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Dismal Election Turnout Could Change with Redistricting Secretary of State Says

photo of a voting machine
DAN KONIK
/
STATEHOUSE NEWS BUREAU
A machine stands ready for voters to cast ballots.

Ohio’s top elections official says he’s still bothered that only a little over a quarter of the state’s registered voters cast ballots in last week’s election. He thinks changing the maps for elected officials’ districts will help get voters more interested.

Secretary of State Frank LaRose says the state has made it easy for people to vote, but the turnout last week was still too low. He says people tend to turn out more for hotly contested races. 

“You know, a local mayor’s race or a city council race or a school board levy that people are all fired up about. That tends to turn people out," he says. "And that’s one of the reasons I’m excited about the congressional redistricting reform that we are doing. I think we could end up with more competitive districts as a result of that.”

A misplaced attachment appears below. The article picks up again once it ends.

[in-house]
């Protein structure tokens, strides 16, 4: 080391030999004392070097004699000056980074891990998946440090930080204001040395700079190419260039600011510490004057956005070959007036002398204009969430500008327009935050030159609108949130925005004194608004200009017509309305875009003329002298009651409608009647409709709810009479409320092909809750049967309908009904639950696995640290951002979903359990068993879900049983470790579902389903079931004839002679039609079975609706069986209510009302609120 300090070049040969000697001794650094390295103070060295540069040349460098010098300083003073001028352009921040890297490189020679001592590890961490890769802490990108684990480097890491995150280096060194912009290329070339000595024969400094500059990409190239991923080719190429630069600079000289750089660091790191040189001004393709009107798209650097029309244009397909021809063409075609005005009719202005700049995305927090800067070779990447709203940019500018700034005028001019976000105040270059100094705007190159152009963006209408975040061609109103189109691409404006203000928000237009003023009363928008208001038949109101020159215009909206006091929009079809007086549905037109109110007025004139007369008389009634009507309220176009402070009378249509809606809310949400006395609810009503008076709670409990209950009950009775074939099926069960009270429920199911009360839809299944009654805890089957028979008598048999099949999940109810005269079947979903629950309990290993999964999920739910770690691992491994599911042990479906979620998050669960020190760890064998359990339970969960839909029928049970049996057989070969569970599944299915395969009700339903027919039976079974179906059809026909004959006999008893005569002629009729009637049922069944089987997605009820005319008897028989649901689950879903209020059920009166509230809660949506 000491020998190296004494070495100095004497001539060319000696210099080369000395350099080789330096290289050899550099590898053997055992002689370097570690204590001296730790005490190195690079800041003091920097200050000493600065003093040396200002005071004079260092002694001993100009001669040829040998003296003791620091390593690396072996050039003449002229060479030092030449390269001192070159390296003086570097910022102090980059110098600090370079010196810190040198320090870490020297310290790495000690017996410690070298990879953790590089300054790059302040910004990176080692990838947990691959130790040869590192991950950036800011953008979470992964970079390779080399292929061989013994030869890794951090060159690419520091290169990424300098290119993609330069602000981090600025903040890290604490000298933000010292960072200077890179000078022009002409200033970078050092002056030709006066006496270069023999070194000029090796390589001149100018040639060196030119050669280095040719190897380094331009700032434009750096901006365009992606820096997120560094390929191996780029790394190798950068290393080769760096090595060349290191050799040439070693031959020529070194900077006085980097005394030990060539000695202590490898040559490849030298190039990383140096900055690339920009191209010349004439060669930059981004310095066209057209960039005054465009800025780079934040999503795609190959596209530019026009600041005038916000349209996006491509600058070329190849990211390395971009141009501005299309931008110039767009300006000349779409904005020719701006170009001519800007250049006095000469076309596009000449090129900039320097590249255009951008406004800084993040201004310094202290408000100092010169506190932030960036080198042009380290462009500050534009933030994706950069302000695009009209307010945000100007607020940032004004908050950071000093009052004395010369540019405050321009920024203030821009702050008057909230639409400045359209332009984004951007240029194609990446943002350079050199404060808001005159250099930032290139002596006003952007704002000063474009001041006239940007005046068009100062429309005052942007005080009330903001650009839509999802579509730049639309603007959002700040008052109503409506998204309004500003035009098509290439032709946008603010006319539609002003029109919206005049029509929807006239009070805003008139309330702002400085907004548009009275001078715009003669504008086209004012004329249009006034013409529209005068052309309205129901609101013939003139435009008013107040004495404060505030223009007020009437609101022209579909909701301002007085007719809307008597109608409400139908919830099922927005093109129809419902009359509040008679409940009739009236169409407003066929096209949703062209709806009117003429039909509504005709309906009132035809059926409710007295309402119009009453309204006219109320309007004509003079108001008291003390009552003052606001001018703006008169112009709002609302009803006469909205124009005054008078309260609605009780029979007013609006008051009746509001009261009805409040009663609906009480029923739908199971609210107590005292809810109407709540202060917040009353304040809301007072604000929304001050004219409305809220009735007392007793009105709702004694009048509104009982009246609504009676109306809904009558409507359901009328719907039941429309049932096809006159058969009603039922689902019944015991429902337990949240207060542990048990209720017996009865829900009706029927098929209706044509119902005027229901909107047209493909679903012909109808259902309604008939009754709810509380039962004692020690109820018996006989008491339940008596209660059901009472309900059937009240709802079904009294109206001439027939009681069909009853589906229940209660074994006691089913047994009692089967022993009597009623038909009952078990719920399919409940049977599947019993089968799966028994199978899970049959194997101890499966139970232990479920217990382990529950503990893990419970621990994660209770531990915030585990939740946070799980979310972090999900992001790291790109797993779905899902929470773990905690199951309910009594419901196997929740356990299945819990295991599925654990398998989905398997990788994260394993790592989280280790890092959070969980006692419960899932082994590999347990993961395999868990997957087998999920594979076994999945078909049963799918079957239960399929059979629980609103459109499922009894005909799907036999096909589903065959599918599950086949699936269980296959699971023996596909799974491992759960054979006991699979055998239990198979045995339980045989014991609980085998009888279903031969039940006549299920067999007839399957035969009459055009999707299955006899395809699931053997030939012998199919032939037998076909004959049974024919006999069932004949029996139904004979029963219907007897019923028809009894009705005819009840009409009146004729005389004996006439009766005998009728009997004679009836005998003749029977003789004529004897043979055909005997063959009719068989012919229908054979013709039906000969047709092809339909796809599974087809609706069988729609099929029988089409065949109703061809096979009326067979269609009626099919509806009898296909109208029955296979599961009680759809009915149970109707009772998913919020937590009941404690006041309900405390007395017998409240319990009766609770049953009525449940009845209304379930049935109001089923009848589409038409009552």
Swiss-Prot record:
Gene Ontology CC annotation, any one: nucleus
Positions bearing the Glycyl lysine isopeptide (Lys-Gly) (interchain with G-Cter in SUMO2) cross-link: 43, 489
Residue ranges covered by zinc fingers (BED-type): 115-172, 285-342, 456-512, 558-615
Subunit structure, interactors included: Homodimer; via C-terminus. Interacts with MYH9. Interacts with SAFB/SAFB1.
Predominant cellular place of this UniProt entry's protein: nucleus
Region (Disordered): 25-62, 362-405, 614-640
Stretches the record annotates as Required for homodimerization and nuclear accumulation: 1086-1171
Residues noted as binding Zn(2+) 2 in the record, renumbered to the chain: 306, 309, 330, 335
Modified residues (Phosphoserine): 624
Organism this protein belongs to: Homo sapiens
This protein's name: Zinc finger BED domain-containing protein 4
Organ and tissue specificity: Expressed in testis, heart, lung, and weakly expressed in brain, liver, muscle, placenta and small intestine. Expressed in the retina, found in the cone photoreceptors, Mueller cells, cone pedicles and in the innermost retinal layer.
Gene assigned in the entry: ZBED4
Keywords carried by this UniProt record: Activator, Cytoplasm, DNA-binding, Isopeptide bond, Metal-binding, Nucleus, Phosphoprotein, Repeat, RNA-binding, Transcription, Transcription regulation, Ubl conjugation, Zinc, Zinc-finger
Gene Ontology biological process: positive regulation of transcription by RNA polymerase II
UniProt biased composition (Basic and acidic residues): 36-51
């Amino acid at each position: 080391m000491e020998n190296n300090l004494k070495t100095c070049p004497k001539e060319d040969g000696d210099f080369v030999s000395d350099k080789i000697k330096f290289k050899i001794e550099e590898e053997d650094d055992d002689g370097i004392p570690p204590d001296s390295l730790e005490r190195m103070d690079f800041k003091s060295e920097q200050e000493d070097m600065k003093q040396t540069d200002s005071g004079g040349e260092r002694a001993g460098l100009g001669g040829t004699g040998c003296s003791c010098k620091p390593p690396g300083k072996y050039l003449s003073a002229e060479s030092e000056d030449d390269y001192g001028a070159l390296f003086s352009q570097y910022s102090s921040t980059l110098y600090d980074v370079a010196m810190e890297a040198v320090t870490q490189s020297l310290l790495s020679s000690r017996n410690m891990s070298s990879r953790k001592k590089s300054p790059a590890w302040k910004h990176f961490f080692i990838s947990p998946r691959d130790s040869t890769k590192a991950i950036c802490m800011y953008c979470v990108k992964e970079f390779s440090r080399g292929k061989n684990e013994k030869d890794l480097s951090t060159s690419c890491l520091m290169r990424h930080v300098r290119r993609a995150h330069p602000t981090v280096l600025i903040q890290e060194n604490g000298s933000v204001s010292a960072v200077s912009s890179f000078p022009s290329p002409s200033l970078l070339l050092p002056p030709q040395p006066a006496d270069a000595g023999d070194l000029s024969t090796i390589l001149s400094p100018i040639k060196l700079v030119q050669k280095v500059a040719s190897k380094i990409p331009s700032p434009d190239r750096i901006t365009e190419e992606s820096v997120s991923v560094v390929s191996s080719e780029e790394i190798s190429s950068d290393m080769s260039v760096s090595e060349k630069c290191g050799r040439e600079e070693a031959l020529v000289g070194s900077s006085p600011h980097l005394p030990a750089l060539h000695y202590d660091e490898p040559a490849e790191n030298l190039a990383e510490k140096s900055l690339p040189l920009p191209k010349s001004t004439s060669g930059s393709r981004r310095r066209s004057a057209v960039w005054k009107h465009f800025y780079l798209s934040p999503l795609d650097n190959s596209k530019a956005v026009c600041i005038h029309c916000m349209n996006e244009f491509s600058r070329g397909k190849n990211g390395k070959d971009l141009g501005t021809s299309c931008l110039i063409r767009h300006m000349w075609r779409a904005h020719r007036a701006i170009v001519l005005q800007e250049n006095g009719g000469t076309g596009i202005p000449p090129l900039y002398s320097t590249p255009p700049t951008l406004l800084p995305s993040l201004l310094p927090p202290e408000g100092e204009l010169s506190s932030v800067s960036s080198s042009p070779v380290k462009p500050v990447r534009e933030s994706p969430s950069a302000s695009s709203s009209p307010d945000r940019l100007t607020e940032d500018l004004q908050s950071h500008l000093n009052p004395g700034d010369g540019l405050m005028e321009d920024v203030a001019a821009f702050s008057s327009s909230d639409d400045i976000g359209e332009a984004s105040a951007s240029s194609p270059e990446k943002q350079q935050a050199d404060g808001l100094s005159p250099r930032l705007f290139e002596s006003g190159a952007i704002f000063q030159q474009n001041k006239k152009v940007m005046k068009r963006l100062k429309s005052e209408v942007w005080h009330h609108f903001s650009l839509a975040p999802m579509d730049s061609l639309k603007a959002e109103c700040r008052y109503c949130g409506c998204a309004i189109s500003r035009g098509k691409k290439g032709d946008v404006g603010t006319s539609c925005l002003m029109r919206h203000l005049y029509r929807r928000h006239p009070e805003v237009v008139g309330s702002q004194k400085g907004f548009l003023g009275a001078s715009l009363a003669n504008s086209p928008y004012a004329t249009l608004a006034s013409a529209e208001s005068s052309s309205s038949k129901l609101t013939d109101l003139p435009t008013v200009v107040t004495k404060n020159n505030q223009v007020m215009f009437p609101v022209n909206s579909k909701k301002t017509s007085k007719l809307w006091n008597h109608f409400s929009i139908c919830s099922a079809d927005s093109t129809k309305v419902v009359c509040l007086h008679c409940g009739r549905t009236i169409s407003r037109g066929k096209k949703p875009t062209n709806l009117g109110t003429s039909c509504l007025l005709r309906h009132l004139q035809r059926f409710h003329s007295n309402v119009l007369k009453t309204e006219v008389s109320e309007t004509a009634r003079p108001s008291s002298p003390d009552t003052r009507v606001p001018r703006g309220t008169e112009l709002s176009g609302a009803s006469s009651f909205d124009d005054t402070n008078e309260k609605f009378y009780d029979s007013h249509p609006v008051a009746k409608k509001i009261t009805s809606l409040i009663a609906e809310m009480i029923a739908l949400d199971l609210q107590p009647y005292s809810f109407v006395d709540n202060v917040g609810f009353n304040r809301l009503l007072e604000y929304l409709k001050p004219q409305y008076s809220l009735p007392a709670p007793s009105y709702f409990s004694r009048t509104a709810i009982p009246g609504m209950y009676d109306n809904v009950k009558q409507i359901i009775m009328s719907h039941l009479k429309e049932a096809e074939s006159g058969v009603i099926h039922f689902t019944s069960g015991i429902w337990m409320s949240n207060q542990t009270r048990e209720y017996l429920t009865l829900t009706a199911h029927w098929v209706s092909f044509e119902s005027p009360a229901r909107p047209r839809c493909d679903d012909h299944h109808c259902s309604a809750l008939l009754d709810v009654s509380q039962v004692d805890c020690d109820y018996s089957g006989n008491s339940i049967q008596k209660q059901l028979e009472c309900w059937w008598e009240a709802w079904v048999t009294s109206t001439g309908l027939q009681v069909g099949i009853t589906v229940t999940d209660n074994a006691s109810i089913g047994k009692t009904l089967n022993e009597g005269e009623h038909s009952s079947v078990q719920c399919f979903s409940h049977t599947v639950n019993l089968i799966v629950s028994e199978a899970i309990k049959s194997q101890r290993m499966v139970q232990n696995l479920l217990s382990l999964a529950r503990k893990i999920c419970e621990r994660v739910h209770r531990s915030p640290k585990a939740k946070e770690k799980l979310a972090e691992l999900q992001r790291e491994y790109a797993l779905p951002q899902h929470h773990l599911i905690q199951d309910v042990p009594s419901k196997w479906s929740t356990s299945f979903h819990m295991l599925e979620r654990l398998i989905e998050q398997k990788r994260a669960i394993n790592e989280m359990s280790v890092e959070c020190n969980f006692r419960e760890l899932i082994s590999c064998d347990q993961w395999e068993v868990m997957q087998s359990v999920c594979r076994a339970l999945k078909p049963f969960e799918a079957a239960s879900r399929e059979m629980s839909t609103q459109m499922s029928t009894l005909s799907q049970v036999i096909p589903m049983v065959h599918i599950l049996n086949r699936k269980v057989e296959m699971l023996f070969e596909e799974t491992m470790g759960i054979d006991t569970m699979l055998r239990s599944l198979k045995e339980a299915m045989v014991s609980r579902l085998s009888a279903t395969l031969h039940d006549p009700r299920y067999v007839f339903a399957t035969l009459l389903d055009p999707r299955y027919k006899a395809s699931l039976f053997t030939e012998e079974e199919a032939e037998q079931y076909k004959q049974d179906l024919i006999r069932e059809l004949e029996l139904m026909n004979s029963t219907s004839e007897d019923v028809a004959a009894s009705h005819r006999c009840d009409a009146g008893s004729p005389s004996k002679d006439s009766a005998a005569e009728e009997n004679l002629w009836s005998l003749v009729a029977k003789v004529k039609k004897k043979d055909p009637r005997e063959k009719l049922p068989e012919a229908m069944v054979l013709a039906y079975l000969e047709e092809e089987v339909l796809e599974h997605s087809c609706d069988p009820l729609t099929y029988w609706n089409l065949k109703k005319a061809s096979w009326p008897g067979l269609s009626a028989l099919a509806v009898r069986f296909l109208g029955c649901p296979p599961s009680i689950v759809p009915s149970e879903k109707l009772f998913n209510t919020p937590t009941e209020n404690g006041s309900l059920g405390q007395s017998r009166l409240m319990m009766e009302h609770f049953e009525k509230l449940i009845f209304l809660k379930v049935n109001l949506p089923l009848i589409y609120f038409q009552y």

LaRose, a veteran, is also calling on those who also served in the military to run for office, help out at polls and encourage more participation in elections.

Jo Ingles is a professional journalist who covers politics and Ohio government for the Ohio Public Radio and Television for the Ohio Public Radio and Television Statehouse News Bureau. She reports on issues of importance to Ohioans including education, legislation, politics, and life and death issues such as capital punishment. Jo started her career in Louisville, Kentucky in the mid 80’s when she helped produce a televised presidential debate for ABC News, worked for a creative services company and served as a general assignment report for a commercial radio station. In 1989, she returned back to her native Ohio to work at the WOSU Stations in Columbus where she began a long resume in public radio.